Caness S, JG Ewen,M West, MA McCarthy and TV Walshe (2016) Stochastic Dominance to Account for Uncertainty and Risk in Conservation Decisions. CONSERVATION LETTERS 9(4):260-266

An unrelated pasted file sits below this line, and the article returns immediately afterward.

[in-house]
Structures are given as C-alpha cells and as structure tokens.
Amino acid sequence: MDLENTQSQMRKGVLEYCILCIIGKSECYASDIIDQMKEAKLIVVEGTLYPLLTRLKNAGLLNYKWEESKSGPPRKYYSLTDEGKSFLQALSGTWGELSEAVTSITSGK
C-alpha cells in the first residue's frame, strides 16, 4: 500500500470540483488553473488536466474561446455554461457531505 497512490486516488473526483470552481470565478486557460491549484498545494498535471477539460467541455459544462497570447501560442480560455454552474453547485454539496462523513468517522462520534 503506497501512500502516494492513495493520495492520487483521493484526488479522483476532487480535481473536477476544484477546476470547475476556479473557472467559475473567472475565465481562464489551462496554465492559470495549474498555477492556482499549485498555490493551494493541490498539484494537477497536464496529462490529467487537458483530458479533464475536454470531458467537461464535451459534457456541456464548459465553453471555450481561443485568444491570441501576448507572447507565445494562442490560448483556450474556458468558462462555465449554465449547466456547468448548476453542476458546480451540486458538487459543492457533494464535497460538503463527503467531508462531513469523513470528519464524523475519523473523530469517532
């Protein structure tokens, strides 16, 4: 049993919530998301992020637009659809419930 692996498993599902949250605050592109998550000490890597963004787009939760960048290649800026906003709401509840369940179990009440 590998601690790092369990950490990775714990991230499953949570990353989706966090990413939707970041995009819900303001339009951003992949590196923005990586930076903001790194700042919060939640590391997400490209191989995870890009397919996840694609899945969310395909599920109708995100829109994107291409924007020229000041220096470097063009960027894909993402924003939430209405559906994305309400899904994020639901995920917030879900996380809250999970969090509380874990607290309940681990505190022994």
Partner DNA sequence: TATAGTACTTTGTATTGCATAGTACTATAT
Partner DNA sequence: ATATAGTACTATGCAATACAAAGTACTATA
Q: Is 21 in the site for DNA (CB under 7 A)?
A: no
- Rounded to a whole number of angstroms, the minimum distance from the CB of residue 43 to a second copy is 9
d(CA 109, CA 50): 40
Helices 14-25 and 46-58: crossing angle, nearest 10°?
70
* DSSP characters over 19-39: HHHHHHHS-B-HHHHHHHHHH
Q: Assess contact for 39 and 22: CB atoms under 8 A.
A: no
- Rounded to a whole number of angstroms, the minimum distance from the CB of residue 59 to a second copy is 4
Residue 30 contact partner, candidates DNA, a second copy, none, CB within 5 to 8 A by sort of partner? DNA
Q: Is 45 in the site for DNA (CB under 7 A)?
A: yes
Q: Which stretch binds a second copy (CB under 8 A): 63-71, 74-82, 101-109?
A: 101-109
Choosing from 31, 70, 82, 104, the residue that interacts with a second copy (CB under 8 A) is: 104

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Practical conservation normally requires making decisions in the face of uncertainty. Our attitude toward that uncertainty, and the risks it entails, shape the way conservation decisions are made. Stochastic dominance (SD), a method more commonly used in economics, can be used to rank alternative conservation actions by comparing the probability distributions of their outcomes, making progressive simplified assumptions about the preferences of decision makers. Here, we illustrate the application of SD to conservation decisions using the recovery plan for an endangered frog species in Australia as a case study. SD is simple and intuitively appealing for conservation decisions; its broader application may encourage conservation decision makers to consider probabilistic uncertainty in light of their preferences, which may otherwise be difficult to recognize and assess transparently. A better treatment of attitudes towards uncertainty and risk may help ensure rational decision making in conservation and remove potential causes of stakeholder conflict.